There’s an ingenious little horror film set to hit theaters in select city tomorrow. It’s called Frozen, and the premise couldn’t be simpler: Three skiers are stranded on a chairlift in the freezing cold. And the ski resort is not set to open again for several days. (Check back for our review Friday)
It debuted at Sundance a couple weeks ago, and we were lucky enough to get to talk to director Adam Green about just how he hatched this idea, of three stranded chaps suspended in midair at a couple thousand feet.
Well, one of these three terrified skiers is played by none other than Shawn Ashmore – yep, the guy who plays Iceman in the X-Men movies. From big budget to low-budget, from high-tech superhero to low-tech stranded skier, it’s a fascinating turn for an actor – to go from being the guy who can save to world to the guy who is convinced he’s going to die while hovering above the slopes.
Here’s our interview with Iceman:
I was speaking to Adam Green, about the crazy conditions you had to brave during the making of this film. Was it really as bad as he says?
We shot the film for five or six weeks in Utah, and yeah, obviously on the side of the mountain you’re dealing with some serious elements. The most difficult part was that we were working on an older style chair lift at this ski resort, so we couldn’t go backwards. We’d film the whole thing near the bottom of the mountain, but then if we wanted to get down you’d have to ride all the way to the top and then all the way back down. It was tough, since you didn’t really have the time to spend 45 minutes or an hour getting down, but I think it definitely helped the process in terms of the performances. We were up there, really freezing and really hungry. So we were a little more believable as desperate skiers.
Why after X-Men did you want to go work on something so fundamentally different? This is about as far removed from a big-budget Hollywood film as possible.
The X-Men ride has helped my career in ways that I can’t even really explain, Basically, it was a total fluke. I had been living in Toronto and acting for years on smaller productions and then my agent called and told me about what Bryan Singer was working on, and of course I had read the comic books and I knew who Bryan was from The Usual Suspects and now it’s what I’m most recognized for. But I’ve done seven or eight films between those movies that are all smaller films that people haven’t seen. People recognize me as Iceman but in my own head I’ve been working a long time to stretch as an actor on plenty of other things. And everything I choose, I’m trying to do something that I haven’t done before.
Frozen strikes me as not just a different sort of genre for you, but something far more challenging. This is a movie that puts it all on you guys as actors – I think audiences are going to be blown away at just how psychological and in-your-face this whole thing is. Did it strike you the first time you read the script, as being something so unusual?
I knew this would definitely be a challenge. I picked up the script without too many expectations and then I read the thing cover to cover, and I immediately started imagining what it would be like, how I could pull off a performance like this. I mean, there’s nothing to rely on. There’s no other set piece. There’s three people in a chair for an hour and a half. There’s almost a sense of theater to this whole thing, and it’s a huge gift, as an actor, to get to develop a character over this much screen time. I think my character goes through a profound change over the course of the story. This is nothing close to simple.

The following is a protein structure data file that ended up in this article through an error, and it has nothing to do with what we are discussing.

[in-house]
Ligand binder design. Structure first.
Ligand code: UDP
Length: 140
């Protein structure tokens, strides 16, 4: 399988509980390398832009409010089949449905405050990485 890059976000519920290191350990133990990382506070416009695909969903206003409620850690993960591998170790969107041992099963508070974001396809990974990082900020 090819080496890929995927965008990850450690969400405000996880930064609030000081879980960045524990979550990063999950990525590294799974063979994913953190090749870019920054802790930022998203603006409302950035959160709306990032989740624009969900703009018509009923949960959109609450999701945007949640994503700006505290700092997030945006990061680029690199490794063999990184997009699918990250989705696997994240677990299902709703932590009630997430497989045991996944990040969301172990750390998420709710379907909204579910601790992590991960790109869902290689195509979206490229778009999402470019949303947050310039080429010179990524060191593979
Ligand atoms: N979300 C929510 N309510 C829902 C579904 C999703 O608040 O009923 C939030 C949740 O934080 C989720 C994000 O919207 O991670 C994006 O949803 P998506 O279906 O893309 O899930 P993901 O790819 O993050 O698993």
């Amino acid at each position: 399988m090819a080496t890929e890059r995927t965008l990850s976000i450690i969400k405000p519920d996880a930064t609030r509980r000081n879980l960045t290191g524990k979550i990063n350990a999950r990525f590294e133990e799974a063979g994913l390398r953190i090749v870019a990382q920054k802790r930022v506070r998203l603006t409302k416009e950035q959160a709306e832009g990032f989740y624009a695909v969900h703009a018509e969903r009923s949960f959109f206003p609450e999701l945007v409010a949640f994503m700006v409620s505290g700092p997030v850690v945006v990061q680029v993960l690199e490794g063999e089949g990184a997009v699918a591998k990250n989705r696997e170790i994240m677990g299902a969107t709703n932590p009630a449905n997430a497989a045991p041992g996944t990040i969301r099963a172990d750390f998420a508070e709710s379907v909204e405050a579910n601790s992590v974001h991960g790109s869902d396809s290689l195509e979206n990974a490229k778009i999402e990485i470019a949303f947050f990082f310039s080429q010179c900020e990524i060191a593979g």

How did you and the other actors work together, in workshopping and perfecting the tone of the film? Obviously you all had to get quite comfortable with one another.
Kevin Zegers, who plays Dan, has been a friend of mine for 10 years. So we already had a great chemistry going, and that helped a great deal. As actors, I think we all like having the chance to showcase what we can do, in terms of emotions and letting it all hang out. Still, it’s very challenging. 99 percent of the time, I think we all hide this dark little spot in us, that thinks of situations like this. But with a part like this, you really unleash it as an actor, and dig into all of those fears and terrors that you normally try to hide. You go headfirst into those dark corners of your mind.
So when I was watching this movie, and getting genuinely antsy in my seat, is this what you think I was responding to – the fact that I had to look into that dark place and size myself up?
Yeah, when you talk about horror films, I think the scariest things out there are those primal fears. If you can put yourself in the shoes of the people who are being put into these crazy situations, or are confronting these supernatural or survival situations, that’s when you’re genuinely scared. Just look at something like Paranormal Activity, it’s all about what’s in your mind.
It’s not about torture porn and waiting for someone to die, but about wondering if they’ll surivive and hoping they don’t die, and relying on storytelling to actually make you care about someone. Some big spectacle movies do that well, but sometimes things look good where you don’t really care about anything that’s going on. In Frozen, it’s more about the characters than the situation, and that’s why it’s terrifying: They’re probably not all going to make it.